After a long day at work, many people turn to alcohol to relax and unwind, but doing so could have negative consequences.
According to the Alcohol rehab guide, alcoholism at work is a troublesome indicator of a drinking pattern.
While many employees partake in social drinking and limit their intake, others struggle to regulate their alcohol consumption.
A sober workforce is the most effective risk management tactic a company can take. Employees who abuse alcohol and other intoxicating substances cost their company time and money, while putting their livelihoods at risk.
According to Rhys Evans, MD at ALCO-Safe, employers must provide a safe working environment for all workers, which includes preventing employees from entering the workplace under the influence of intoxicating substances. Employees should accept the workplace policies regarding alcohol and drugs, as well as a duty to confirm that they are abiding by all applicable policies and laws about substance-free programmes.
Evans continued: "While it is up to employers in the transportation industry to decide whether drug testing will be a part of normal alcohol testing at the workplace, as well as how and when this will be done, it is advised that these policies be thoroughly reviewed and brought up to date." Businesses must demonstrate that they are taking all reasonable steps to guarantee that only sober employees are operating vehicles on South Africa's roads, he said.
The Occupational Health & Safety Act takes precedence
Evans contends that before allowing a driver to take the wheel of a truck or other transport vehicle, transport companies should be used to test them. Testing drivers once they have arrived at their destination is also an effective way of ensuring that drivers have not consumed any intoxicating substances during their journey.
He argues that this is crucial, especially for long-distance journeys. It's vital to keep in mind that the workplace does not necessarily have to be a physical location for the driver. Their workplace is their vehicle, and as such, there can be no argument that the National Road Traffic Act allows for a higher permissible alcohol level for public road users.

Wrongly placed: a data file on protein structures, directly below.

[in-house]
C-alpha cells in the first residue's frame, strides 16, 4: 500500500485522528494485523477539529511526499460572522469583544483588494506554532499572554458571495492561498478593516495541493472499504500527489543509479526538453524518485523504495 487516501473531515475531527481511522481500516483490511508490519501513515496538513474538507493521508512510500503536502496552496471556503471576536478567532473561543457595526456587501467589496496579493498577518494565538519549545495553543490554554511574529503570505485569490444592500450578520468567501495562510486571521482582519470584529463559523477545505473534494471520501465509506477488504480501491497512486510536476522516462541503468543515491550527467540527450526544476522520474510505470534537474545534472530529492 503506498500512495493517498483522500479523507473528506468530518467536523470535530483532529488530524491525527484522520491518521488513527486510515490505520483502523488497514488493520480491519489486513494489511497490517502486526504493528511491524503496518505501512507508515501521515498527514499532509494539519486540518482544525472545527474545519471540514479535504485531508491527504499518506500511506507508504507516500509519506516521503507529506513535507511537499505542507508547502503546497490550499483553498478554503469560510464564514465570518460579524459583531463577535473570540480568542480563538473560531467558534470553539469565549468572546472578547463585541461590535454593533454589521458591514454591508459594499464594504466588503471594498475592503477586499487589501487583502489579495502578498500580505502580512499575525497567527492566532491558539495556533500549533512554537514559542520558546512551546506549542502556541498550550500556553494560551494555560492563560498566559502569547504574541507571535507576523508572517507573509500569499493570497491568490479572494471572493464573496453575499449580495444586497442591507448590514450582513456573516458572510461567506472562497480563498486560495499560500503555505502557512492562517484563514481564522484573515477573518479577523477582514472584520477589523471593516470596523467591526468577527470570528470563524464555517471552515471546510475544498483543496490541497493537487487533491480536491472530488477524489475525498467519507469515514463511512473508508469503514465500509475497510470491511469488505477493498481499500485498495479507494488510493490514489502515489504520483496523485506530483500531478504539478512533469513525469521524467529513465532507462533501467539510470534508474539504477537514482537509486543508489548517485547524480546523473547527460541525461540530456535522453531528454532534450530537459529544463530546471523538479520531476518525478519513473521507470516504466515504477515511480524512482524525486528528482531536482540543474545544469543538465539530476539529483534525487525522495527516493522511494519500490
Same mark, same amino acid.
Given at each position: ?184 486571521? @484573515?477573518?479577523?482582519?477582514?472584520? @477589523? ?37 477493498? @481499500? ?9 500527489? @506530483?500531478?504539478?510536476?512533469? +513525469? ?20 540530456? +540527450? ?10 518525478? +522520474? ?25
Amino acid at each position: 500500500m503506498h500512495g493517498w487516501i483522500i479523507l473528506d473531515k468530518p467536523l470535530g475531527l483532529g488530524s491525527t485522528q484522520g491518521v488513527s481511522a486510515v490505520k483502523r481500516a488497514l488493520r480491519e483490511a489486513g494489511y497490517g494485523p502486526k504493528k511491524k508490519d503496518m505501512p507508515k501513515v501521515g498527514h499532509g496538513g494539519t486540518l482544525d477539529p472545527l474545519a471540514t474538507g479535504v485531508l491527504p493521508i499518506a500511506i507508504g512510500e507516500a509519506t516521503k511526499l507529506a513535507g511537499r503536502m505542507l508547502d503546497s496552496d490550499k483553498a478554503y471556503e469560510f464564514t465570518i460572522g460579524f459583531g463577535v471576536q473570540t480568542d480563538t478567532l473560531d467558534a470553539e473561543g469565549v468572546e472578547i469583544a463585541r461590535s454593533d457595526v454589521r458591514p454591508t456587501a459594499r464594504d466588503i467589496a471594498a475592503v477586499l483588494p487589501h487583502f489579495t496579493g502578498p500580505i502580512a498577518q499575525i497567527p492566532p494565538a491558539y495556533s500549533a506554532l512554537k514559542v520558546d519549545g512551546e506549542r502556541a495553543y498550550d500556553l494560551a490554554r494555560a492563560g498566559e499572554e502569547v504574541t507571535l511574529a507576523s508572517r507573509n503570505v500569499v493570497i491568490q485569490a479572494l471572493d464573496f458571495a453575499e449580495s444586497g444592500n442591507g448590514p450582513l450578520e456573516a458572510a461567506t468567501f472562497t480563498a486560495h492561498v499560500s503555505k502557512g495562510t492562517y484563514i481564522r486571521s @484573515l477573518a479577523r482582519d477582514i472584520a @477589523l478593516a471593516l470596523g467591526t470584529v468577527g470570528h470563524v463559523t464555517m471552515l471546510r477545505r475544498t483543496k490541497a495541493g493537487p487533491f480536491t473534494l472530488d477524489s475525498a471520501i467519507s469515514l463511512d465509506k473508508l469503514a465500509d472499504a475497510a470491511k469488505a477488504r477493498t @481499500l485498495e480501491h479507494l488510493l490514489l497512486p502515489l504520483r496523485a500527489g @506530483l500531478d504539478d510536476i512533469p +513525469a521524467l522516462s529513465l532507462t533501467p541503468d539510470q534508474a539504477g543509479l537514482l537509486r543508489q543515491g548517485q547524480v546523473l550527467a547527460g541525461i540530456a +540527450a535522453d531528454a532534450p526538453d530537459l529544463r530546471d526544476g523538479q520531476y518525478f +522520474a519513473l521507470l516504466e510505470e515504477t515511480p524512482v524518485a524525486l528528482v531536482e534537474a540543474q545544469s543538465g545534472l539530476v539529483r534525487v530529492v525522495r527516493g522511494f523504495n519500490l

Testing starts at the depot
Breathalyser testing at the vehicle depot is a helpful weapon in the transport company's toolbox for implementing workplace substance misuse policies, Evans explains. Depending on what the firms are searching for, saliva-based drug tests can be beneficial for detecting a variety of substances that have been consumed within the previous two to three days.
Technology takes testing on the road
In addition, testing technology has improved to provide businesses with more efficient safety precautions on their vehicles, preventing drunk drivers from endangering themselves and other road users. A breathalyser dubbed an InterLock, which integrates with a truck's ignition system, is now widely used by transport companies. Before starting the vehicle or continuing to drive, the driver must blow into the ignition interlock device's (IID) mouthpiece. This ignition interlock device (IID) is a type of electronic monitoring.
The device prohibits the engine from starting if the breath alcohol concentration analysis findings surpass the programmed blood alcohol concentration. After the engine has started, the IID will randomly request another breath sample, known as the rolling test, which is done to prevent someone other than the driver from providing a breath sample.
To regularly and remotely capture, share and track breathalyser test results, trucking businesses can now employ app-controlled breathalyser test management software. This gives fleet managers the ability to make it easier to test drivers from a distance. Self-breathalyser tests can be requested of drivers, making the results immediately available for analysis and sharing. In order to prevent system manipulation, tests are compared with photographic identity, GPS position, date, time, device serial number and test result.
Making IIDs compulsory
The number of accidents and fatalities caused by intoxication could be decreased if the government made it mandatory for such electronic monitoring systems to be put in 18-wheeler trucks and other vehicles used for long-distance hauling. As a result, traffic authorities would no longer be responsible for keeping an eye out for driver intoxication; instead, they would fall under the purview of their employers.
Additional risk-reduction advantages provided by these electronic monitoring tools would cut insurance costs and make roads safer for all vehicle users, said Evans.